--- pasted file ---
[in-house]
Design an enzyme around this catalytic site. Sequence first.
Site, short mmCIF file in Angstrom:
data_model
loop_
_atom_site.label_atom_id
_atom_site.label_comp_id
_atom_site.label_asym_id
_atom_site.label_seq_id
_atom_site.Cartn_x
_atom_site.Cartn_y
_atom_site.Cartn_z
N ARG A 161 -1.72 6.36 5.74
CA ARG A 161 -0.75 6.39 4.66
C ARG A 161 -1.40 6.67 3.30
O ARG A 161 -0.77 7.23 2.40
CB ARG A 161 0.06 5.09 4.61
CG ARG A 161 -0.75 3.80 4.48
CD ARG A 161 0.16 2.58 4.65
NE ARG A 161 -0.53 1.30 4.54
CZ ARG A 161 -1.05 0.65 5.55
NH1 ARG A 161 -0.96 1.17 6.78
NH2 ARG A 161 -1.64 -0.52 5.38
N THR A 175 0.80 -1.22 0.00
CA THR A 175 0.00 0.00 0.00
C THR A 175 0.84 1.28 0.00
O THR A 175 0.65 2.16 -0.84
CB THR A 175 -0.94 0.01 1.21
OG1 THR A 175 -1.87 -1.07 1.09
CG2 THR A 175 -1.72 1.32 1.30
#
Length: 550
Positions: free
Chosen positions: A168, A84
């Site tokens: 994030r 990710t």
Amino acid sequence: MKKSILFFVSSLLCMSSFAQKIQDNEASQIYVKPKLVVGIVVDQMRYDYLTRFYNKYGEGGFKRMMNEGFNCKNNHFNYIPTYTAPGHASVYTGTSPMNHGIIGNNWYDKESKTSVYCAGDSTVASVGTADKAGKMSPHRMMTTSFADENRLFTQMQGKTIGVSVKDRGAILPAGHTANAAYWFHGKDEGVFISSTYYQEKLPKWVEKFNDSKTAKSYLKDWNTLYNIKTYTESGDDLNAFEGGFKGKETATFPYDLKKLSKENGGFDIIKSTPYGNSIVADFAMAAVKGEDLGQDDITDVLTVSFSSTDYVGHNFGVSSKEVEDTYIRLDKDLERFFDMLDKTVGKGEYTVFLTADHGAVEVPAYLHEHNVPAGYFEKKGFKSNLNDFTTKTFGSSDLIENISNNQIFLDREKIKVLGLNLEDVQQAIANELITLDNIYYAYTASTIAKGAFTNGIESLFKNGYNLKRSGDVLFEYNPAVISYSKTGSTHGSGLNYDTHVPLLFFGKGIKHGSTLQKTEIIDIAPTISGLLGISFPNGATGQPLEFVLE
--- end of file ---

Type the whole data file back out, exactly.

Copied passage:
[in-house]
Design an enzyme around this catalytic site. Sequence first.
Site, short mmCIF file in Angstrom:
data_model
loop_
_atom_site.label_atom_id
_atom_site.label_comp_id
_atom_site.label_asym_id
_atom_site.label_seq_id
_atom_site.Cartn_x
_atom_site.Cartn_y
_atom_site.Cartn_z
N ARG A 161 -1.72 6.36 5.74
CA ARG A 161 -0.75 6.39 4.66
C ARG A 161 -1.40 6.67 3.30
O ARG A 161 -0.77 7.23 2.40
CB ARG A 161 0.06 5.09 4.61
CG ARG A 161 -0.75 3.80 4.48
CD ARG A 161 0.16 2.58 4.65
NE ARG A 161 -0.53 1.30 4.54
CZ ARG A 161 -1.05 0.65 5.55
NH1 ARG A 161 -0.96 1.17 6.78
NH2 ARG A 161 -1.64 -0.52 5.38
N THR A 175 0.80 -1.22 0.00
CA THR A 175 0.00 0.00 0.00
C THR A 175 0.84 1.28 0.00
O THR A 175 0.65 2.16 -0.84
CB THR A 175 -0.94 0.01 1.21
OG1 THR A 175 -1.87 -1.07 1.09
CG2 THR A 175 -1.72 1.32 1.30
#
Length: 550
Positions: free
Chosen positions: A168, A84
């Site tokens: 994030r 990710t």
Amino acid sequence: MKKSILFFVSSLLCMSSFAQKIQDNEASQIYVKPKLVVGIVVDQMRYDYLTRFYNKYGEGGFKRMMNEGFNCKNNHFNYIPTYTAPGHASVYTGTSPMNHGIIGNNWYDKESKTSVYCAGDSTVASVGTADKAGKMSPHRMMTTSFADENRLFTQMQGKTIGVSVKDRGAILPAGHTANAAYWFHGKDEGVFISSTYYQEKLPKWVEKFNDSKTAKSYLKDWNTLYNIKTYTESGDDLNAFEGGFKGKETATFPYDLKKLSKENGGFDIIKSTPYGNSIVADFAMAAVKGEDLGQDDITDVLTVSFSSTDYVGHNFGVSSKEVEDTYIRLDKDLERFFDMLDKTVGKGEYTVFLTADHGAVEVPAYLHEHNVPAGYFEKKGFKSNLNDFTTKTFGSSDLIENISNNQIFLDREKIKVLGLNLEDVQQAIANELITLDNIYYAYTASTIAKGAFTNGIESLFKNGYNLKRSGDVLFEYNPAVISYSKTGSTHGSGLNYDTHVPLLFFGKGIKHGSTLQKTEIIDIAPTISGLLGISFPNGATGQPLEFVLE